And talking about the island on the daily talk show I co-host on Radio Información more than once brought me to tears -- tears of sadness, yes, but mostly tears of rage.

I am learning again what colonialism means.

Wednesday, September 13, 2017

Bullshit alert: the non-existing grand bargain on immigration and DACA

The headline on the Telemundo web site says it all: "Trump announces agreement with Democrats on DACA."

The only problem is that Trump hasn't announced a damn thing. It was Pelosi and Schumer (the top House and Senate Democrats) who announced a no-details supposed deal after a cozy White House dinner with Herr Trump.
Two things:

  • Thing one: When there really is an agreement, both sides announce it jointly. And there are details that have been written down and signed by the parties.
  • Thing two: We've already seen this movie. And we know how it comes out: with the undocumented and their communities getting screwed.
It's time to stop playing Charley Brown
For 16 years the DREAM Act to legalize people brought to the United States as minors has been kicked around in Congress. It is the obvious legislative solution: DACA was a stop-gap measure because Obama had failed to get the DREAM Act approved in Congress and he wanted Latino votes in the 2012 election.
Since the Latino immigrant rights mega-marches of 2006, it's been rolled into various proposals for "comprehensive immigration reform,” supposedly a "grand bargain" that would grant legalization in exchange for "border security" (meaning militarization and repression).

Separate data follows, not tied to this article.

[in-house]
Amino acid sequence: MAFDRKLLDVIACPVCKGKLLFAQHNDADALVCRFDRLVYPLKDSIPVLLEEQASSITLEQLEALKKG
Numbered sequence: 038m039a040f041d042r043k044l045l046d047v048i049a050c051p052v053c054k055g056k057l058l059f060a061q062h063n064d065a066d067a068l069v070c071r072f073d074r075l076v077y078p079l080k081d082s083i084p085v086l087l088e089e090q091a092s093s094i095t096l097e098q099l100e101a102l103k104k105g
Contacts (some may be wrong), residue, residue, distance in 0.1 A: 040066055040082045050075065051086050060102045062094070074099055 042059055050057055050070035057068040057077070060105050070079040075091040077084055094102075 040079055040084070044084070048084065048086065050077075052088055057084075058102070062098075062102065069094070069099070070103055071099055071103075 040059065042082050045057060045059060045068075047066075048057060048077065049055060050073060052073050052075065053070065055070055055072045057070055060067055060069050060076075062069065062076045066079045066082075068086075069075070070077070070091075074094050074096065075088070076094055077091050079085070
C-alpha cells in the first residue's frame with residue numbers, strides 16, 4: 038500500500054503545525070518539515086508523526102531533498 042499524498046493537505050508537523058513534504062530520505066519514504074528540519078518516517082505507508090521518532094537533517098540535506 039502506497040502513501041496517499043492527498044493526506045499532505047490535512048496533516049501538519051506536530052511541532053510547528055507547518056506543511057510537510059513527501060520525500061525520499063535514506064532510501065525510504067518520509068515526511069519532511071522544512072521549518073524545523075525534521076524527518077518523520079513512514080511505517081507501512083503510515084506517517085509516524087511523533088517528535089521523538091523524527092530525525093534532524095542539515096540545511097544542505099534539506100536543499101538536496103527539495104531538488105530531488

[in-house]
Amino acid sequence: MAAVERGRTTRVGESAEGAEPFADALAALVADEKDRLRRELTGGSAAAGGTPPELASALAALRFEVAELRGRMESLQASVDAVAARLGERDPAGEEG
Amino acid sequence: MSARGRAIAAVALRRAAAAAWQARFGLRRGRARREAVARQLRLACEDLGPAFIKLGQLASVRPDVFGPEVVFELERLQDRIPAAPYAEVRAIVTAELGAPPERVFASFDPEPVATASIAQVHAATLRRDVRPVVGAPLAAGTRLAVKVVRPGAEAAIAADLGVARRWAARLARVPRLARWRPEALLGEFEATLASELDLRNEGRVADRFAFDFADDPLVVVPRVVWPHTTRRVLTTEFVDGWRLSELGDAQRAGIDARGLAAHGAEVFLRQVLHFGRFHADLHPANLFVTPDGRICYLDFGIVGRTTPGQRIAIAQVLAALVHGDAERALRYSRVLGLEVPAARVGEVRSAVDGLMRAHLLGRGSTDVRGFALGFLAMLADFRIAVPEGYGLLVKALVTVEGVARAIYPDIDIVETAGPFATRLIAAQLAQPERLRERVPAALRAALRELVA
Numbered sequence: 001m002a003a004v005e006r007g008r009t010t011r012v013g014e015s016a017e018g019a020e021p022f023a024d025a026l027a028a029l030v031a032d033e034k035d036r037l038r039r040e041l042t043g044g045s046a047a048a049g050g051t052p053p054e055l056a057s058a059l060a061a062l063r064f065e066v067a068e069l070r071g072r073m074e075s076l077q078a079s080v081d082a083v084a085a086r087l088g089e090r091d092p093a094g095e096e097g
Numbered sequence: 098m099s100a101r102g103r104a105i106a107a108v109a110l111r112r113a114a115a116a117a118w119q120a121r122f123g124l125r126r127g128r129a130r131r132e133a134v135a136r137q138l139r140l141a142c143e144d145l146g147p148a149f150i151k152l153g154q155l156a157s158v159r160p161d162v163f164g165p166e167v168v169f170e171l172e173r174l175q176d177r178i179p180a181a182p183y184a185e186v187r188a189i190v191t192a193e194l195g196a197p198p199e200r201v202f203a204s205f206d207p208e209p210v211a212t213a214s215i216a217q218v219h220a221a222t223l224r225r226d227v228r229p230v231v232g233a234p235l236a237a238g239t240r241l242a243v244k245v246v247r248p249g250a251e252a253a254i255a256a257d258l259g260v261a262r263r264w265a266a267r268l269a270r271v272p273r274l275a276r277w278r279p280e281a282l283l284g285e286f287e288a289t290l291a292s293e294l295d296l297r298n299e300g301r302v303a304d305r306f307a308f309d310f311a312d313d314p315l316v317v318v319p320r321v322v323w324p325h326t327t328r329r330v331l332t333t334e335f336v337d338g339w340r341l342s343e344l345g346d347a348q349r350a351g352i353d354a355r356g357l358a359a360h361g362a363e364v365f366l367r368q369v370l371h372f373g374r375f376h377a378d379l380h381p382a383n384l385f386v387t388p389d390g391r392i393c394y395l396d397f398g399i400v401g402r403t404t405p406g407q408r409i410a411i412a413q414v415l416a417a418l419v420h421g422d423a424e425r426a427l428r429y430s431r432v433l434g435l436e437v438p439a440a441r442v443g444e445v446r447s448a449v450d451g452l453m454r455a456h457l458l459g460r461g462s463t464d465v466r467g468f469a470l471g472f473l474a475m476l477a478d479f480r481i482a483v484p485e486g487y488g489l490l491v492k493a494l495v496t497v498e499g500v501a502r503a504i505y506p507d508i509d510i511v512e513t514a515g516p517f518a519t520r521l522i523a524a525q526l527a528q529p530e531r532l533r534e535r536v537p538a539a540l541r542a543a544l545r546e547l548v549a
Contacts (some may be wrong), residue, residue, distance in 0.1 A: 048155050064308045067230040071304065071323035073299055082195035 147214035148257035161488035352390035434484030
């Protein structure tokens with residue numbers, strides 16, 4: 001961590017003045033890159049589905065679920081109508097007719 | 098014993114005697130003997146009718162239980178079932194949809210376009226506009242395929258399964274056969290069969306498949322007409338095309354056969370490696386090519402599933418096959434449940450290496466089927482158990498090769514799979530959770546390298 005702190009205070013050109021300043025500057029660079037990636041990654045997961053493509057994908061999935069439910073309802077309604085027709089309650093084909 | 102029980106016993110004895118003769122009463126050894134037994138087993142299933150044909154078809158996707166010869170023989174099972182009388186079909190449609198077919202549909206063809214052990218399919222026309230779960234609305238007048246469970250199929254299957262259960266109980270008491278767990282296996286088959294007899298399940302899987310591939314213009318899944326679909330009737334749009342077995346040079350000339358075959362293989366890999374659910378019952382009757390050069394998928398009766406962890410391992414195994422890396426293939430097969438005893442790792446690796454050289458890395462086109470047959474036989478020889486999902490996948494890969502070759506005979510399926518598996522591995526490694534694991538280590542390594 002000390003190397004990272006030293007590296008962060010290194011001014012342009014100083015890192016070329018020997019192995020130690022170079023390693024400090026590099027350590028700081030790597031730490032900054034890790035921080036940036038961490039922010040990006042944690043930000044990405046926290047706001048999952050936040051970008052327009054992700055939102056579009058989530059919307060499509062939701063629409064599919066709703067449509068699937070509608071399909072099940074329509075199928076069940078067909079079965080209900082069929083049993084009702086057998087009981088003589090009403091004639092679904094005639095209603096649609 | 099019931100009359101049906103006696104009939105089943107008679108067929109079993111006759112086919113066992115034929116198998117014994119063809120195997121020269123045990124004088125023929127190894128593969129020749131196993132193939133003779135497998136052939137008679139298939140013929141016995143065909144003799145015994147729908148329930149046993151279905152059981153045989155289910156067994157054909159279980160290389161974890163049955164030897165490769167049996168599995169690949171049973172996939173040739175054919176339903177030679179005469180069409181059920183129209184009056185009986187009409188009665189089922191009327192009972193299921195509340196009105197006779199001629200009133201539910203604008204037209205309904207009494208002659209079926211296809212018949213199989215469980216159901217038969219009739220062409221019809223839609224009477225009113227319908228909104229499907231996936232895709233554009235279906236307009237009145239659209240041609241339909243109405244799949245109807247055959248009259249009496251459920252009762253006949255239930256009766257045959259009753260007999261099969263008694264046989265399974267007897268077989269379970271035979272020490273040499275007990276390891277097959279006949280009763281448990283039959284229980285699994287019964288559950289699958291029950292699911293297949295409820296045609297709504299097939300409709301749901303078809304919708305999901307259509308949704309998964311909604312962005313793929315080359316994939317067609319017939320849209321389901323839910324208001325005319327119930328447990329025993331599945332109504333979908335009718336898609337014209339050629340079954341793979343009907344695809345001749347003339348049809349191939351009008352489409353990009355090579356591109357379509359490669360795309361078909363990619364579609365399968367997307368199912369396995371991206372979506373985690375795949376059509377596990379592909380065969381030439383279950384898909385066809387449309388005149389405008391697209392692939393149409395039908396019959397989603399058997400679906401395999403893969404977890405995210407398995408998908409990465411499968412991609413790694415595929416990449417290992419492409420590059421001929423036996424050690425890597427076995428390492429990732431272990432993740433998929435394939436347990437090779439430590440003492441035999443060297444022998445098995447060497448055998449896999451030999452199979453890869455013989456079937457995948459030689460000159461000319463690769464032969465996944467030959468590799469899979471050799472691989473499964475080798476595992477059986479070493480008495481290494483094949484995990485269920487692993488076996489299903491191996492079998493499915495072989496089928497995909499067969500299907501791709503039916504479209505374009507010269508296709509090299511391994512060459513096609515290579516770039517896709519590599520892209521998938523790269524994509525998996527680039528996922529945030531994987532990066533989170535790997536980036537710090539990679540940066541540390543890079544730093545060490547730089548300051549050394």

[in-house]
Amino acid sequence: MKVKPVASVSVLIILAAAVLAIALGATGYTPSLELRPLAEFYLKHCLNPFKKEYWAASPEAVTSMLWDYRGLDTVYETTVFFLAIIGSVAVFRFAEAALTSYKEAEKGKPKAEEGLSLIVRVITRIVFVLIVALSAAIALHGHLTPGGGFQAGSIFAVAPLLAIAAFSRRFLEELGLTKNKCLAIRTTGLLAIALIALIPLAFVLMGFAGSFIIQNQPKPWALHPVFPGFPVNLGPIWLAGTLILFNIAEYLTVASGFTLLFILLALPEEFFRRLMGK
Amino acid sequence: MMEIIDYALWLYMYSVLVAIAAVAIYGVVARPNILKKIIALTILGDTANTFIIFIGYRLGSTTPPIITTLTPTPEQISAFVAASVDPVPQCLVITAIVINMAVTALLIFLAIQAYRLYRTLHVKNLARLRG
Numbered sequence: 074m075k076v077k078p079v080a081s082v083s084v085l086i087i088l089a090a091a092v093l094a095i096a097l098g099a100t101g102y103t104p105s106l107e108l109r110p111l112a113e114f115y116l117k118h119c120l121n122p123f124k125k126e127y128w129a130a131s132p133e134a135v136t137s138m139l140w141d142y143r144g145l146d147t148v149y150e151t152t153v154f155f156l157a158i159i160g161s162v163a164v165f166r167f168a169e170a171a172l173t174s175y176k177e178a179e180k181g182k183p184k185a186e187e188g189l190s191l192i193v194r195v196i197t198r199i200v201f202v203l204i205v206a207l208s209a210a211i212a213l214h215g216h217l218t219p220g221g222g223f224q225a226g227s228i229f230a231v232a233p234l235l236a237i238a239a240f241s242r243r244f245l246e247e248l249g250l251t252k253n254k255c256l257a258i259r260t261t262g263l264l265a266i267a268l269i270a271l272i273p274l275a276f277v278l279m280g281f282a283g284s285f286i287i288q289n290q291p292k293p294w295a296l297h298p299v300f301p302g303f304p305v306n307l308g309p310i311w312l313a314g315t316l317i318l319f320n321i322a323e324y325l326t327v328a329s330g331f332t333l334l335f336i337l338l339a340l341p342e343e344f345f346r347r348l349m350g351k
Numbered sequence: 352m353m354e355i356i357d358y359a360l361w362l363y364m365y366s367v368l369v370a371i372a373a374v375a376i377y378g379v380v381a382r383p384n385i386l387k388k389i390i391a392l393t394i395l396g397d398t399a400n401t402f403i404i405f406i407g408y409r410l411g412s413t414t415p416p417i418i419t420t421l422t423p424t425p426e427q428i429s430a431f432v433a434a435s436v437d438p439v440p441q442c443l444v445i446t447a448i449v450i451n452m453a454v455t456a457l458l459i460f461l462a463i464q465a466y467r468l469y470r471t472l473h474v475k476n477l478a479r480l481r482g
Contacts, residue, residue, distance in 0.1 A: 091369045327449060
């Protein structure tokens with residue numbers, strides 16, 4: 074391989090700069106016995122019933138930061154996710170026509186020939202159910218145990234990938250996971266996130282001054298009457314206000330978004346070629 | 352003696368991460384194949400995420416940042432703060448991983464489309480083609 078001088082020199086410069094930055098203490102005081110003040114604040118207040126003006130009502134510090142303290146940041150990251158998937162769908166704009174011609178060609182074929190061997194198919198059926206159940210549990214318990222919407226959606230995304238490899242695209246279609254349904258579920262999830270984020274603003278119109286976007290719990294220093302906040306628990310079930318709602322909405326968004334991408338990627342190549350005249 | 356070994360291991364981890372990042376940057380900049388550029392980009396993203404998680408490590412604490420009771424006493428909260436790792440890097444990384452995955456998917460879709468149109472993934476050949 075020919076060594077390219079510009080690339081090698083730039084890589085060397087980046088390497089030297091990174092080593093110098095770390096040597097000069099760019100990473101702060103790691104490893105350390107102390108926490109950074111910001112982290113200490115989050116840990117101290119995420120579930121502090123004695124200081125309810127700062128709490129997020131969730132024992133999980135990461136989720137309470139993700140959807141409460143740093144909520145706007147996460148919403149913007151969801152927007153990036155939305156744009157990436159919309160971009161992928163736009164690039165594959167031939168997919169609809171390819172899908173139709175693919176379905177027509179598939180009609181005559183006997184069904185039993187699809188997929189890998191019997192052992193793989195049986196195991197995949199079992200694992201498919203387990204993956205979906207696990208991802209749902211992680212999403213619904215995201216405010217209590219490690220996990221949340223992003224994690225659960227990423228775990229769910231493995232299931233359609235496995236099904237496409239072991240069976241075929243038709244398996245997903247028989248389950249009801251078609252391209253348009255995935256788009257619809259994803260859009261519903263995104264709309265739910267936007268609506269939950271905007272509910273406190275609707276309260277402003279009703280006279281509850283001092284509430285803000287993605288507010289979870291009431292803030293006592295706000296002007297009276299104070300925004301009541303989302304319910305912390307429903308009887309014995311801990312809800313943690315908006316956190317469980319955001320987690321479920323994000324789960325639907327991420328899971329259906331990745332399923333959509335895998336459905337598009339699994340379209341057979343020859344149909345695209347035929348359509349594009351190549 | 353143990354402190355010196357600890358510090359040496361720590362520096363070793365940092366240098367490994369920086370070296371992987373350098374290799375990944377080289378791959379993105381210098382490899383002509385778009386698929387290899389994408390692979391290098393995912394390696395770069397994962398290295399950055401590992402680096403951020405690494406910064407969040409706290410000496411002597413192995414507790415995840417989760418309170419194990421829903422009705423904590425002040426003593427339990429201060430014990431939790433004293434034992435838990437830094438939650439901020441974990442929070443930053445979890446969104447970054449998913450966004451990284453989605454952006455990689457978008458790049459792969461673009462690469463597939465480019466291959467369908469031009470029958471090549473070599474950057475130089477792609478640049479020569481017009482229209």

And what has been the result? Nothing, nada, zip, zero.
Except millions of deportations, hundreds of thousands of families broken up, and God knows how many deaths in the badlands and deserts of the Southwest.
And except for the 2006 bill that extended the physical barriers along the and used to be called a fence but has now become a "wall," on account of Trump.
That's the law Trump is using as authorization for his "new" wall (mostly the old "fence" that is already there).
The 2006 law (supported by both Hillary Clinton and Obama) supposedly was a "down payment" to the racists. But it never, ever got the corresponding concession of legalization that had been promised.

Not in 2006. Not in the 2007-2008 Congress when the Democrats won both Houses. Not in 2009-2010 when the Democrats had control of both Houses, a super-majority in the Senate so they could do whatever they wanted, and Obama in the White House. Not in ...